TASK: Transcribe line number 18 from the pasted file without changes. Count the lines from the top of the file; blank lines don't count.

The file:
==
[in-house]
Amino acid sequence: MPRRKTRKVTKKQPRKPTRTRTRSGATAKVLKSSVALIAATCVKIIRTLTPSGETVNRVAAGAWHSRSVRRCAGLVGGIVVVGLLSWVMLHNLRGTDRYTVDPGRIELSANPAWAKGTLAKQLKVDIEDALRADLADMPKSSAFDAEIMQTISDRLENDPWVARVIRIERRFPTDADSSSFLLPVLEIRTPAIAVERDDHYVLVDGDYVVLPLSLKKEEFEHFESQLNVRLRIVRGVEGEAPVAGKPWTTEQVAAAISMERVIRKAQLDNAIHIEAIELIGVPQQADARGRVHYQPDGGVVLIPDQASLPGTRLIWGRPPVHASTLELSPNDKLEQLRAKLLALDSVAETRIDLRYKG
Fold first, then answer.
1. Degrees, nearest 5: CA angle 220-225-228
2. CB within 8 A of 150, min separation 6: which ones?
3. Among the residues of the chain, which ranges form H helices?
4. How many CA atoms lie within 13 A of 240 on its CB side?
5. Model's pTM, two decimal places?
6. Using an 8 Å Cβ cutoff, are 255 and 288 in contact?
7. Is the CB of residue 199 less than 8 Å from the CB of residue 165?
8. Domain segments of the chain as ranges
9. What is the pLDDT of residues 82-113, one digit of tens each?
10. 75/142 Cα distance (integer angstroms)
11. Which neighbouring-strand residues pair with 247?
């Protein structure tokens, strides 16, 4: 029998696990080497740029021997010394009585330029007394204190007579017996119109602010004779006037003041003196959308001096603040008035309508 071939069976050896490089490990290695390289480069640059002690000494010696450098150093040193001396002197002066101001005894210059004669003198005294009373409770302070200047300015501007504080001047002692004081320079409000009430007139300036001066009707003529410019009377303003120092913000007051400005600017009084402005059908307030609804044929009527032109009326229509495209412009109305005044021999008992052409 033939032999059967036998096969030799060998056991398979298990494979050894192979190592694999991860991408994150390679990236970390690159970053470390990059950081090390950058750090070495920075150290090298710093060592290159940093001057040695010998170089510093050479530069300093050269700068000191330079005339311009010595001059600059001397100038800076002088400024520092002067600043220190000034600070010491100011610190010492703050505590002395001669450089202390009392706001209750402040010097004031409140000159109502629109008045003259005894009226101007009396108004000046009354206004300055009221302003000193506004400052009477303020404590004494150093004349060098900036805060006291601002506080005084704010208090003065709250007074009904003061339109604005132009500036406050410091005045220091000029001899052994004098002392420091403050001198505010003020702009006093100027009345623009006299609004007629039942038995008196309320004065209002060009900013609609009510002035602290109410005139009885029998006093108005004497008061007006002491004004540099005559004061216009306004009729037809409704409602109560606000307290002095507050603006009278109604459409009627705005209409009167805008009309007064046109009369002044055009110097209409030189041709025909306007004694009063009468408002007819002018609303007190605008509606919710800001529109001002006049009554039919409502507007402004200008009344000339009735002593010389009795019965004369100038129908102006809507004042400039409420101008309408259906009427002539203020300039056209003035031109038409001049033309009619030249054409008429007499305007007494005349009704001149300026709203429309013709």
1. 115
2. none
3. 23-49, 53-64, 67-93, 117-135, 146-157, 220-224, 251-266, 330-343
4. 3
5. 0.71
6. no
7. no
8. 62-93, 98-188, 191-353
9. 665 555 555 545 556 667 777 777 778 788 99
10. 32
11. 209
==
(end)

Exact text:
3. 23-49, 53-64, 67-93, 117-135, 146-157, 220-224, 251-266, 330-343